Identify data quality requirements

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One of the challenges in implementing data quality control processes is the identification of technical data quality requirements for the organization. It is important to identify and understand the business requirements for your data before translating those into technical requirements that define good-quality data.

An effective data quality control process is based on the understanding of how data and information products are used within and outside the organization. Each organization defines quality differently and bases this definition on the intended purpose and use of the data. The following diagram illustrates a variety of sources for quality requirements that may be applicable to your organization.

Sources and data quality requirements

Data quality elements

Data quality elements describe a certain aspect required for a dataset to be used and accurate. GIS data has different components to its quality. As defined by the International Organization for Standardization (ISO), these components include the following:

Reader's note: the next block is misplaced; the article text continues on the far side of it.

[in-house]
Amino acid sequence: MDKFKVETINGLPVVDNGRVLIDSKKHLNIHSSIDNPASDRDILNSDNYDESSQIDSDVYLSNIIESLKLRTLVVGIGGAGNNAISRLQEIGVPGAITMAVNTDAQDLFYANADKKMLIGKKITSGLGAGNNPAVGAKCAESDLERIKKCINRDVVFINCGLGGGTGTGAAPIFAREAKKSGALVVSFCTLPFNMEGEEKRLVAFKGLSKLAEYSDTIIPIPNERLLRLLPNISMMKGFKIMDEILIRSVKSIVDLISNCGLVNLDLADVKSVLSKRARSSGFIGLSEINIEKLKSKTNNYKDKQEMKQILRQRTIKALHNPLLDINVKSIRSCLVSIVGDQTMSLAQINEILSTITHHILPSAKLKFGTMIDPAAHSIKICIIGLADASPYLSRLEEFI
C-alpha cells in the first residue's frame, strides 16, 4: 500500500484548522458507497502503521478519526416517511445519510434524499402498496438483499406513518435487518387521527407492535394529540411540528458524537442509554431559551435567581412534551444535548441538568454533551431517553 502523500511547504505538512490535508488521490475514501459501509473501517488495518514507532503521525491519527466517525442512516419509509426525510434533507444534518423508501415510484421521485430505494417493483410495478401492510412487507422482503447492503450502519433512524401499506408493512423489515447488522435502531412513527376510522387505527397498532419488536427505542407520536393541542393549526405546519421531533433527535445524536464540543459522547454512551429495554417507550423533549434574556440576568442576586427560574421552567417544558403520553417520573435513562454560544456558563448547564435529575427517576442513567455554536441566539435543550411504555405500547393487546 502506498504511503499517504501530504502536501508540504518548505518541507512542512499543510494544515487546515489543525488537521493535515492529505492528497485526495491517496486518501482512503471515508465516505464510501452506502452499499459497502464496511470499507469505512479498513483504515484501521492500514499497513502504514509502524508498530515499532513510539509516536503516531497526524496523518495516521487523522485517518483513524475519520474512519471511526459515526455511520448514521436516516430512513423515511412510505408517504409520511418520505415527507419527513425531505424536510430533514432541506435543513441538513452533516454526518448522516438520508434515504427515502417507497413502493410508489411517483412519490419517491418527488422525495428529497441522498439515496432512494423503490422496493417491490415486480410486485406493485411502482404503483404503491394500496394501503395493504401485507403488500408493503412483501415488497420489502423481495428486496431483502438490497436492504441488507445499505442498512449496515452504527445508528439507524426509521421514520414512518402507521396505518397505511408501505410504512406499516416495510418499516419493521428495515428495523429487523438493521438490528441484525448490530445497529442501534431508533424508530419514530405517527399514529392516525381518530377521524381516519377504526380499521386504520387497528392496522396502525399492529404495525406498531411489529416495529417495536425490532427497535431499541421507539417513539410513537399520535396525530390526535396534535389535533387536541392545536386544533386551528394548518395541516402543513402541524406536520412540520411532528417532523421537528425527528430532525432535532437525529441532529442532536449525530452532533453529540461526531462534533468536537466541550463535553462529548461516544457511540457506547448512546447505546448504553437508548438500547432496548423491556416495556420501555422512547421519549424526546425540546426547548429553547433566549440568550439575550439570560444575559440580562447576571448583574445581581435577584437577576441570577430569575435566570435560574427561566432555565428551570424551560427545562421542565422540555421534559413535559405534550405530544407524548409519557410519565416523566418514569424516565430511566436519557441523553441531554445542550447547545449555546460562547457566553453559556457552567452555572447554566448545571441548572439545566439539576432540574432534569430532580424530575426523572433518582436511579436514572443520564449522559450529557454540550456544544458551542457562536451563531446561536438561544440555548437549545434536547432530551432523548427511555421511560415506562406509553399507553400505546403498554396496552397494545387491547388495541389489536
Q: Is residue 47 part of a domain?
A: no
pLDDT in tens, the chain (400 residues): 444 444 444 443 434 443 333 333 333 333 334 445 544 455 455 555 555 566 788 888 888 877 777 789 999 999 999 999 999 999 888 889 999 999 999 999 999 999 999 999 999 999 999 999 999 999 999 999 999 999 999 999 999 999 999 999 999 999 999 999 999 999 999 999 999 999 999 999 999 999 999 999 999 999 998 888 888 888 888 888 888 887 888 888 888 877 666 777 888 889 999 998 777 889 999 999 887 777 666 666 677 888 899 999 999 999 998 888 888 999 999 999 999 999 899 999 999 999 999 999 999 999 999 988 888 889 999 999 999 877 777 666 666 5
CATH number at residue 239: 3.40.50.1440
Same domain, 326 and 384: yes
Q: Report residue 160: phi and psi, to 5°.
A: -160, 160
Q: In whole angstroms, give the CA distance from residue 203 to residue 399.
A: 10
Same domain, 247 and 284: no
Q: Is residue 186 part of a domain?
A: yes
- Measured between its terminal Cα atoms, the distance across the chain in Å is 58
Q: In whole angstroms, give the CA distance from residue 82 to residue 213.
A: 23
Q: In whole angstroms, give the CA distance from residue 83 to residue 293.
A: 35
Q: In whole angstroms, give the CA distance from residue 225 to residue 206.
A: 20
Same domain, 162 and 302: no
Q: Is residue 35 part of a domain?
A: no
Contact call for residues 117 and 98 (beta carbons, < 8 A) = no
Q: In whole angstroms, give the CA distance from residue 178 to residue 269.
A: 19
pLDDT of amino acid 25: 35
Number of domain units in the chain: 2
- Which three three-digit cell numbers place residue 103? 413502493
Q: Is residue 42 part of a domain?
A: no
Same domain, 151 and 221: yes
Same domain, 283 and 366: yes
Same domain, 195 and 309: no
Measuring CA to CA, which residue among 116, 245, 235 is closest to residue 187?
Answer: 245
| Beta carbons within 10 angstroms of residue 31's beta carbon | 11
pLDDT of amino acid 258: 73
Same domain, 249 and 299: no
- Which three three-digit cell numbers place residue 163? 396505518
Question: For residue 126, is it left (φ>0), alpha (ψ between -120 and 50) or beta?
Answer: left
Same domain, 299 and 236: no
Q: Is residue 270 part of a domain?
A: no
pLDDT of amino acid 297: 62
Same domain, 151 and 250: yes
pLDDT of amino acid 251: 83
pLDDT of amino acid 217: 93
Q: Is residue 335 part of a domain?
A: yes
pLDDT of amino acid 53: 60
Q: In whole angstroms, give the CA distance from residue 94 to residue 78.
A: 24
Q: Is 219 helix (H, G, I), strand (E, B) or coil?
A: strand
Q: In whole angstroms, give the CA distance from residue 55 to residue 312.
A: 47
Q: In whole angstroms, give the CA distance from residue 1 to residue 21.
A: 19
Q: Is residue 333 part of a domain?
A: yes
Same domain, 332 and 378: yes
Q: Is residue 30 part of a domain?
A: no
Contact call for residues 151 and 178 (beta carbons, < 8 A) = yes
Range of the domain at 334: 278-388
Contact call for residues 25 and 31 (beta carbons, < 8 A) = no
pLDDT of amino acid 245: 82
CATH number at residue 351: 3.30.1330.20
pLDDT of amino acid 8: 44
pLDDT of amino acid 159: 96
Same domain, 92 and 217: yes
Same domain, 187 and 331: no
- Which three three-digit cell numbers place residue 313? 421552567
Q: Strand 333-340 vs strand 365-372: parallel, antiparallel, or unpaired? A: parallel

• Completeness
  • Logical consistency
  • Spatial accuracy
  • Thematic accuracy
  • Temporal quality
  • Data usability


The presence or absence of features, their attributes, and relationships in a data model.

Neighborhood with missing building footprint
A neighborhood with missing building footprint.

Logical consistency

A degree of adherence to preestablished rules of a data model's structure, attribution, and relationships as defined by an organization or industry. Many industries follow standards that are reflected in a geospatial data model as value domains, data formats, and topological consistency of how the data is being stored.

Highway with road surface-type gravel
A highway with road surface-type gravel.

Spatial accuracy

The accuracy of the position of features in relation to Earth.

Lake feature has been shifted.
A lake feature that has been shifted.

Thematic accuracy

The accuracy of attributes within features and their appropriate relationships.

Swimming pool captured as wetland
A swimming pool captured as wetland.

Temporal quality

The quality of temporal attributes and temporal relationship of features.

Outdated chart with open runway
An outdated chart with open runway.
Updated chart with closed runway
An updated chart with closed runway.

Data usability

Adherence of a dataset to a specific set of requirements related to a use-case.

Used to map national parks
This is used to map national parks.
Used to route emergency vehicles
This is used to route emergency vehicles.

Quality requirement documentation

A quality assurance (QA) plan is a document that identifies the quality standards that are relevant to a project and methods to achieve them. A QA plan is a living document that will change as new quality requirements are identified by the organization and also serves as an opportunity to bring together key stakeholders to build a common picture of what constitutes good-quality data and the business processes that drive those requirements.